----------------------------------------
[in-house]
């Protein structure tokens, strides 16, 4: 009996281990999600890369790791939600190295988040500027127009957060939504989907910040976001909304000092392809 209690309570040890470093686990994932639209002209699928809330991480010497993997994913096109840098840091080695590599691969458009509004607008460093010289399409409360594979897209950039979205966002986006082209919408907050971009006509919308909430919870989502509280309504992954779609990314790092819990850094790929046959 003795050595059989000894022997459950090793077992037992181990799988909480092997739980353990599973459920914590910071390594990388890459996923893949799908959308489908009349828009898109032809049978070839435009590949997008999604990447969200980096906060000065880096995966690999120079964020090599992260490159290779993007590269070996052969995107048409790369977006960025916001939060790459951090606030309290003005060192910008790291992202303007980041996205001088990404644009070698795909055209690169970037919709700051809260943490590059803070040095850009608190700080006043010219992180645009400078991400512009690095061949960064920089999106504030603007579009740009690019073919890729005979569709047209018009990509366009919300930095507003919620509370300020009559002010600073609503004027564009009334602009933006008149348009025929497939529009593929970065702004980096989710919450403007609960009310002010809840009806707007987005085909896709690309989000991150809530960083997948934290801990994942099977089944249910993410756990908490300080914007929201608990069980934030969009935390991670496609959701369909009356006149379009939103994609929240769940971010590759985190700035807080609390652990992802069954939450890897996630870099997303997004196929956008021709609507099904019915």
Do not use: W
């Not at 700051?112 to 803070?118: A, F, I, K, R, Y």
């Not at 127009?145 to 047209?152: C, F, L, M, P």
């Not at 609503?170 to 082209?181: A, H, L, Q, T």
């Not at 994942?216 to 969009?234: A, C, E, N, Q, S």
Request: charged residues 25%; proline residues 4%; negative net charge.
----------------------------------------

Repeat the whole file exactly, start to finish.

[in-house]
């Protein structure tokens, strides 16, 4: 009996281990999600890369790791939600190295988040500027127009957060939504989907910040976001909304000092392809 209690309570040890470093686990994932639209002209699928809330991480010497993997994913096109840098840091080695590599691969458009509004607008460093010289399409409360594979897209950039979205966002986006082209919408907050971009006509919308909430919870989502509280309504992954779609990314790092819990850094790929046959 003795050595059989000894022997459950090793077992037992181990799988909480092997739980353990599973459920914590910071390594990388890459996923893949799908959308489908009349828009898109032809049978070839435009590949997008999604990447969200980096906060000065880096995966690999120079964020090599992260490159290779993007590269070996052969995107048409790369977006960025916001939060790459951090606030309290003005060192910008790291992202303007980041996205001088990404644009070698795909055209690169970037919709700051809260943490590059803070040095850009608190700080006043010219992180645009400078991400512009690095061949960064920089999106504030603007579009740009690019073919890729005979569709047209018009990509366009919300930095507003919620509370300020009559002010600073609503004027564009009334602009933006008149348009025929497939529009593929970065702004980096989710919450403007609960009310002010809840009806707007987005085909896709690309989000991150809530960083997948934290801990994942099977089944249910993410756990908490300080914007929201608990069980934030969009935390991670496609959701369909009356006149379009939103994609929240769940971010590759985190700035807080609390652990992802069954939450890897996630870099997303997004196929956008021709609507099904019915």
Do not use: W
């Not at 700051?112 to 803070?118: A, F, I, K, R, Y």
């Not at 127009?145 to 047209?152: C, F, L, M, P």
């Not at 609503?170 to 082209?181: A, H, L, Q, T």
């Not at 994942?216 to 969009?234: A, C, E, N, Q, S």
Request: charged residues 25%; proline residues 4%; negative net charge.